To this end, ECT has identified four key players, broadening its prospect base:




























~ 48.5



Targeting India’s ‘above-ground ore body’

The above parties produce almost 3 million tonnes per annum of millscale waste, representing an ‘above-ground ore body’ with a potential iron yield of ~1.9 million tonnes per annum, or ~4% lift in saleable steel output, if reclaimed through HydroMOR processing.

In addition to millscale, there are stockpiles of inferior grade iron ore fines and slimes at mines across India estimated at being well over 100 million tonnes, accruing at an estimated rate of up to 20 million tonnes per annum.

At present, ECT is in early discussions with several of the above parties noting that RINL, which is in joint venture talks with South Korea’s POSCO, is presently unavailable to engage.

This early engagement, led by ECT India Chairman-Managing Director and former NLCIL Director P. Selvakumar, has involved the introduction of the Company and its technologies and has set the groundwork for ongoing discussions with the view to developing commercial projects.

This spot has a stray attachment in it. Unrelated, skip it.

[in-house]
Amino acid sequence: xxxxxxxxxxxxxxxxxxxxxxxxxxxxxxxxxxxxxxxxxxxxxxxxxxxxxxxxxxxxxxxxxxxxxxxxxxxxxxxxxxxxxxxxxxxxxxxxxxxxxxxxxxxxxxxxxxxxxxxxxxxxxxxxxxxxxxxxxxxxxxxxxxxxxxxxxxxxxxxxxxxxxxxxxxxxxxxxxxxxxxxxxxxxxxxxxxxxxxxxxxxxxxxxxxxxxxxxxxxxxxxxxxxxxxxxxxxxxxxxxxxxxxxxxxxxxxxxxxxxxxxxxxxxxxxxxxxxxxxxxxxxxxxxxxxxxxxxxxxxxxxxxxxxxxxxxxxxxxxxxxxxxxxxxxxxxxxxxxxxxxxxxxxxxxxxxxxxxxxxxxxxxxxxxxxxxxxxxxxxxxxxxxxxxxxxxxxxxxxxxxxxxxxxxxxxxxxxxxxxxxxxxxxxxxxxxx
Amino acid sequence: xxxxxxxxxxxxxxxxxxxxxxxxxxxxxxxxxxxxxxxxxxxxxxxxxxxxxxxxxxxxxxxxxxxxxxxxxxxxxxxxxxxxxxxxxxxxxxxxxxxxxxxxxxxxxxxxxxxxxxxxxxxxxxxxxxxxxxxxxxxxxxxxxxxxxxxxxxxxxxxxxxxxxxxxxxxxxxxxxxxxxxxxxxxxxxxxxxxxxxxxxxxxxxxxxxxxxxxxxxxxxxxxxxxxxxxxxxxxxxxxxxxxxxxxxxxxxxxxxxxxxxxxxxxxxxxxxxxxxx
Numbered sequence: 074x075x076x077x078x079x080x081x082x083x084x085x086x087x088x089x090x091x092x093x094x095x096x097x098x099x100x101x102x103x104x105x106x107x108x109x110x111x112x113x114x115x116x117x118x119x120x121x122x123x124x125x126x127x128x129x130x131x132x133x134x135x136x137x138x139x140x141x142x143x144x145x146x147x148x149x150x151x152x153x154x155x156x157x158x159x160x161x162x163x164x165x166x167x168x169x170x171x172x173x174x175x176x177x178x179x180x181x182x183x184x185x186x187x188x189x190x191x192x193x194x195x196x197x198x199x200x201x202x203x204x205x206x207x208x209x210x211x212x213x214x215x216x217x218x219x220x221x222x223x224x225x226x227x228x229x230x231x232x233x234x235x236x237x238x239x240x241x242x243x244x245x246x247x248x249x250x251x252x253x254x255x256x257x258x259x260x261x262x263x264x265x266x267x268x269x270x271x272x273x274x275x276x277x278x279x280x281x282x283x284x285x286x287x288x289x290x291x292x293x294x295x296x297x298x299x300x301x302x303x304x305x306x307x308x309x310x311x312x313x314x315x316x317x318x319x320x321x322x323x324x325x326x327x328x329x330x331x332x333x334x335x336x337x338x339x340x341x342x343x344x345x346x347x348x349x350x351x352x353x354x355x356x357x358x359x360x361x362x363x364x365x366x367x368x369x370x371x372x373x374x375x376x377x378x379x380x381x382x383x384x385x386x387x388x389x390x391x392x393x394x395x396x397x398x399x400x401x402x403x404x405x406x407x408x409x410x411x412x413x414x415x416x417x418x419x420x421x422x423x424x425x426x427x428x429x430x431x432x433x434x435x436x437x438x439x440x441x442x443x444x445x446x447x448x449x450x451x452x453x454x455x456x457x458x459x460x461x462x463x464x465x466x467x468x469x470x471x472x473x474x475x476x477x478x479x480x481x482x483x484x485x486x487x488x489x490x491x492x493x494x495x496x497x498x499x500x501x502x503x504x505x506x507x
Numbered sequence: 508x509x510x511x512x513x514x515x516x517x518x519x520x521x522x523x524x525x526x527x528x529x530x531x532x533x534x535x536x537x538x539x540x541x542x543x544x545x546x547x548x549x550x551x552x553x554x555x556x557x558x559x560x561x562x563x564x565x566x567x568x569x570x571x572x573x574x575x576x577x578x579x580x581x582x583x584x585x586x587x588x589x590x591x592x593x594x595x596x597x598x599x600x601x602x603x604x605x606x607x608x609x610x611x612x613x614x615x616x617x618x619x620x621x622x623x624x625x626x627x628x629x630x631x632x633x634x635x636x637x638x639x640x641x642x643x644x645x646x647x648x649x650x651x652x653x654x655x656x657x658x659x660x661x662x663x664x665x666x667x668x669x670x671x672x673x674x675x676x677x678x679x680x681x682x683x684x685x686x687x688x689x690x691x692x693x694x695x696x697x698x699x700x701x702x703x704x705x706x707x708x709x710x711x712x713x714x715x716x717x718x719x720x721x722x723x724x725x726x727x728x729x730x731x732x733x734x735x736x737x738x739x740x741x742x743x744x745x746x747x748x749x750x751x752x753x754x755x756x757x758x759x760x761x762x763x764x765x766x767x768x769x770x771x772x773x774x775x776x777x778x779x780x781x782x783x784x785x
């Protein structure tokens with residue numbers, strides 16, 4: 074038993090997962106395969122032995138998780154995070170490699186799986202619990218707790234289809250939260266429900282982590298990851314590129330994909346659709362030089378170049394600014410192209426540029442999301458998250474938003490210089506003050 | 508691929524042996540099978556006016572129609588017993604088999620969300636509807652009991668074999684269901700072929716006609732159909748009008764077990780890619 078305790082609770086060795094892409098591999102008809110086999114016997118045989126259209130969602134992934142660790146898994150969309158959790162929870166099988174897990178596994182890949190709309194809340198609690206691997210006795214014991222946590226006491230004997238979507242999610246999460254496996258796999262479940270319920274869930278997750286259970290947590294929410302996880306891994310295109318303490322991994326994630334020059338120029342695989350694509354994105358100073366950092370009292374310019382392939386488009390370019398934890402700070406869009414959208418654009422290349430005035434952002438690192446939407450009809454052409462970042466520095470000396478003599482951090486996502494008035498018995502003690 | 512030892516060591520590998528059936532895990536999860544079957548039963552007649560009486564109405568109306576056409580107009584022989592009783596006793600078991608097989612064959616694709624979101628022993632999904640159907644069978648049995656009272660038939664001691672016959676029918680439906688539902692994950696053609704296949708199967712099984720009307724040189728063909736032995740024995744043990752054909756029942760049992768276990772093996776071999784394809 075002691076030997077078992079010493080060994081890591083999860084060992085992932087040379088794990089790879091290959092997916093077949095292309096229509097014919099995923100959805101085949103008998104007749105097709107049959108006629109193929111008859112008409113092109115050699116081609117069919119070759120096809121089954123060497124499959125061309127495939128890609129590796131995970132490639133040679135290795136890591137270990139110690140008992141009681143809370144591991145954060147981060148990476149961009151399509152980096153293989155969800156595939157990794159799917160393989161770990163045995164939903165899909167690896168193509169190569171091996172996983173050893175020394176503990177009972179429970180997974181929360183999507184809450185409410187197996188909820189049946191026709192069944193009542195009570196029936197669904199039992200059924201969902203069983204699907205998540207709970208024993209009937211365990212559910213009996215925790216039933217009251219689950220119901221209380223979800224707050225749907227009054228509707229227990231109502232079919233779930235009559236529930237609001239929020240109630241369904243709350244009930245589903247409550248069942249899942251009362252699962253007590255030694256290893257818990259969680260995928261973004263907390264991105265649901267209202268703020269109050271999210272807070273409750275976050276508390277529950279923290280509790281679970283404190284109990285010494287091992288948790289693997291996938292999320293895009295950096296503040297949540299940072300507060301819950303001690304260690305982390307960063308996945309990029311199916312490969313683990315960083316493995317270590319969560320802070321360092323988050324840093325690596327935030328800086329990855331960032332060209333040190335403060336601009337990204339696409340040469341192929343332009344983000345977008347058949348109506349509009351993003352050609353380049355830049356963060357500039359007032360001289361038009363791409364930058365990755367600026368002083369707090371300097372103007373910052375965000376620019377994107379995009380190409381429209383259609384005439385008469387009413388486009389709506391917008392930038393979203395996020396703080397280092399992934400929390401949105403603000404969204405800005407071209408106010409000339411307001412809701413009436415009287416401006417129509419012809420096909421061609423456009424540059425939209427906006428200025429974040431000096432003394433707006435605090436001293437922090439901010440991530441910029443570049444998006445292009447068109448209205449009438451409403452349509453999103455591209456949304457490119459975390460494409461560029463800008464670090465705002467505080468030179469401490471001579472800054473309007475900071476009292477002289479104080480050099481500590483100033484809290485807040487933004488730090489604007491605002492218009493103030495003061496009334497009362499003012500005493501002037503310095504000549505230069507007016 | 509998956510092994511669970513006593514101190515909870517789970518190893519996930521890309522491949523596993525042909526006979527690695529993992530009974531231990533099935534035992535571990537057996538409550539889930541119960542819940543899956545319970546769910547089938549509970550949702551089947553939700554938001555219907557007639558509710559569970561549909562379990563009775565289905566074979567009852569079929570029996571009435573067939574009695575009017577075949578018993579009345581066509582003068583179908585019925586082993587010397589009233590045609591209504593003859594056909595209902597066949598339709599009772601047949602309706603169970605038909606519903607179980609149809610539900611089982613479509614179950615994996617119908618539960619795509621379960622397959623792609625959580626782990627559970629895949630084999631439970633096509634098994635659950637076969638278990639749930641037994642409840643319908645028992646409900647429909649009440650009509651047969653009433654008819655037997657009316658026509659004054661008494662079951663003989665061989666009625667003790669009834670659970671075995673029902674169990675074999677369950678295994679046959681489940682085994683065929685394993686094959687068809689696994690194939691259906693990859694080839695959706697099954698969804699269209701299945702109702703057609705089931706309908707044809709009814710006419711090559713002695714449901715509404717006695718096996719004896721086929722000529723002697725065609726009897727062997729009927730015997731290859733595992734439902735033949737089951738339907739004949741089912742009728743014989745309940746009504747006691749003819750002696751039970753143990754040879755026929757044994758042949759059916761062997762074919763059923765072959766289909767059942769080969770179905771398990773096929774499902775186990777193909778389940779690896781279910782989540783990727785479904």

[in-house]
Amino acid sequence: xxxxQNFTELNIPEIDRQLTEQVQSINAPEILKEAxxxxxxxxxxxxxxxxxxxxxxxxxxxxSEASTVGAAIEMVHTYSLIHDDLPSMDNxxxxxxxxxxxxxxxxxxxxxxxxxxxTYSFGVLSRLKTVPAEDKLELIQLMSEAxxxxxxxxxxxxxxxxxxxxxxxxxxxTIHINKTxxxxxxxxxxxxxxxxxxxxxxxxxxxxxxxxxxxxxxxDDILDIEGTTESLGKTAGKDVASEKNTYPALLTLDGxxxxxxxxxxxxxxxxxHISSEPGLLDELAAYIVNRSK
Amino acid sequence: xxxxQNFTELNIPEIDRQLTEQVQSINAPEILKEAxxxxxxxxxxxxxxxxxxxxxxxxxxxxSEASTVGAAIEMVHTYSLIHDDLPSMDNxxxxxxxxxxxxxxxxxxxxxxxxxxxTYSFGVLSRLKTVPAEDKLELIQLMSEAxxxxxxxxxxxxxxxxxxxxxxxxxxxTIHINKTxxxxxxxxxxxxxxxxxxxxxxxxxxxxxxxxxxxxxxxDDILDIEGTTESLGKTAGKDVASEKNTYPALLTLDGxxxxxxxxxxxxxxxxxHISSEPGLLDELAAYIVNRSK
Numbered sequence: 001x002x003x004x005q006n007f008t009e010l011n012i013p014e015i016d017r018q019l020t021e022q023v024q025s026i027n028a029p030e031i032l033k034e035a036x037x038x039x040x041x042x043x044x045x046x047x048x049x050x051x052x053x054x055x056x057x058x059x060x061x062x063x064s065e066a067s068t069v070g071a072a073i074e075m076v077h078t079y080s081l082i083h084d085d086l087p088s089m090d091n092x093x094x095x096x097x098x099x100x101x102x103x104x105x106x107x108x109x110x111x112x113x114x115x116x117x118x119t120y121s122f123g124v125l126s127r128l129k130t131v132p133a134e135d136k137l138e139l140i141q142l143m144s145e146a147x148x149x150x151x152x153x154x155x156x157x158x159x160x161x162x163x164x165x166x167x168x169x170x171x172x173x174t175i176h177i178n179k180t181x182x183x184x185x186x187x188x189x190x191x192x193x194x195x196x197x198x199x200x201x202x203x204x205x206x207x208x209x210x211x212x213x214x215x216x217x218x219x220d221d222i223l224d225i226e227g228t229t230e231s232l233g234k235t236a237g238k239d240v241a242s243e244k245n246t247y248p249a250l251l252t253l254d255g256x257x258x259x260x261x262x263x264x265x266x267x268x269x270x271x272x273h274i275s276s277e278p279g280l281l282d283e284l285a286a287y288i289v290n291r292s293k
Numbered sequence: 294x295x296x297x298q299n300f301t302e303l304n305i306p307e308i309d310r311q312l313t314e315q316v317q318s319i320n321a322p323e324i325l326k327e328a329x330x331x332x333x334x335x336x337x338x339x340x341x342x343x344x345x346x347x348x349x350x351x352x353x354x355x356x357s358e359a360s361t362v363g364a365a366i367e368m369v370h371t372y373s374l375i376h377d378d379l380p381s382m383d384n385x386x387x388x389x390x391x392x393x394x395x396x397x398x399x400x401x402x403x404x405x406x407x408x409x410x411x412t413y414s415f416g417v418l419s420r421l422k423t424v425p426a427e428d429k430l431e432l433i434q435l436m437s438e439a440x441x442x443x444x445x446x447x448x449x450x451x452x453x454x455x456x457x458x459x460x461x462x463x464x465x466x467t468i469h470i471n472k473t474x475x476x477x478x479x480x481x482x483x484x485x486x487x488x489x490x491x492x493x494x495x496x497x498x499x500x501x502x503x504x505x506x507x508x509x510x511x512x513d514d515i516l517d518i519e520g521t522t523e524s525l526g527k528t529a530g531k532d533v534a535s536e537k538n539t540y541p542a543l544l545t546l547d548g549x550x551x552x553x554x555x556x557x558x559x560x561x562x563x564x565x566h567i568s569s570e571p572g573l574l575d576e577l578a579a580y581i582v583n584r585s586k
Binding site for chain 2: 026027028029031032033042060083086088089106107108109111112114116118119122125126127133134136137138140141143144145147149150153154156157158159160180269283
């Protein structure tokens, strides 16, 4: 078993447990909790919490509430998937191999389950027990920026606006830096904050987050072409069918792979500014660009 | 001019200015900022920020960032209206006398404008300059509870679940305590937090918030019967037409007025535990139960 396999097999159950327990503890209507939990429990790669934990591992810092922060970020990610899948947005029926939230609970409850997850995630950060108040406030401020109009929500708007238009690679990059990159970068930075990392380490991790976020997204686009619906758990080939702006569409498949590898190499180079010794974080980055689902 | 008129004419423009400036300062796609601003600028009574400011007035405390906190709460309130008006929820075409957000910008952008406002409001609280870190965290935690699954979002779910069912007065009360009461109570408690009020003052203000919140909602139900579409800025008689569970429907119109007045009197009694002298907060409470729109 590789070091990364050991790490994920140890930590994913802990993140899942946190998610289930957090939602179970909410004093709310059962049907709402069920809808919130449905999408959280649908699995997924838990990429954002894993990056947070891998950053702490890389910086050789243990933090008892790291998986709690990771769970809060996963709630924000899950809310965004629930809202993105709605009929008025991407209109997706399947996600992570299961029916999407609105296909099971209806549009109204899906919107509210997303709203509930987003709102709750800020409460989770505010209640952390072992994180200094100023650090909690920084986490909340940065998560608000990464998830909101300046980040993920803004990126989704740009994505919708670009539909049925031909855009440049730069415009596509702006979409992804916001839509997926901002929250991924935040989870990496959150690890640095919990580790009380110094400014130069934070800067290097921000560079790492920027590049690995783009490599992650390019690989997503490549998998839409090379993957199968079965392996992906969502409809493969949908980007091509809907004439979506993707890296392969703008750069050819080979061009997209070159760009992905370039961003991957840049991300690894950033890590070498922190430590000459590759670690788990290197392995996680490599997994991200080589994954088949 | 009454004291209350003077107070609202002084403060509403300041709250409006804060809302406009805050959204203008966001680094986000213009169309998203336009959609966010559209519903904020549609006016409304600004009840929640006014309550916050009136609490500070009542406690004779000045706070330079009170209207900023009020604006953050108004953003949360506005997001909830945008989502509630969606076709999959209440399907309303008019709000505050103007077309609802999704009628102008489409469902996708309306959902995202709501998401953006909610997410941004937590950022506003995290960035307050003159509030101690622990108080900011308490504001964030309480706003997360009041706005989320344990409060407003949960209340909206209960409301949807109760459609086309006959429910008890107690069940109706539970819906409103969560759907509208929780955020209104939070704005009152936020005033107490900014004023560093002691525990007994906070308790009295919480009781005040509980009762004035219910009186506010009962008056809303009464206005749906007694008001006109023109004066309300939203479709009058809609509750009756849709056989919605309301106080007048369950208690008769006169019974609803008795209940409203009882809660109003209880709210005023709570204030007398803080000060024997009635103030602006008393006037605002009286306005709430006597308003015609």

Key Steel Plant Locations relative to NLCIL

Commercialisation Strategy

The initial India project focused heavily on the challenge of funding the pilot phase, ahead of commercial scale-up.

The location of the pilot plant was another important aspect, with NLCIL agreeing to host the project adjacent to their mine and power station complex at Neyveli in the state of Tamil Nadu.

The proposed partners for the initial project were government-controlled entities. As such, the corporate structure established for executing the India project entailed a partnership approach whereby the partners would benefit via an ownership stake from the subsequent global commercial roll-out of HydroMOR across India by other steelmakers.

Based on the market research conducted over recent months, this approach may not suit privately-owned steelmakers, requiring a modified framework.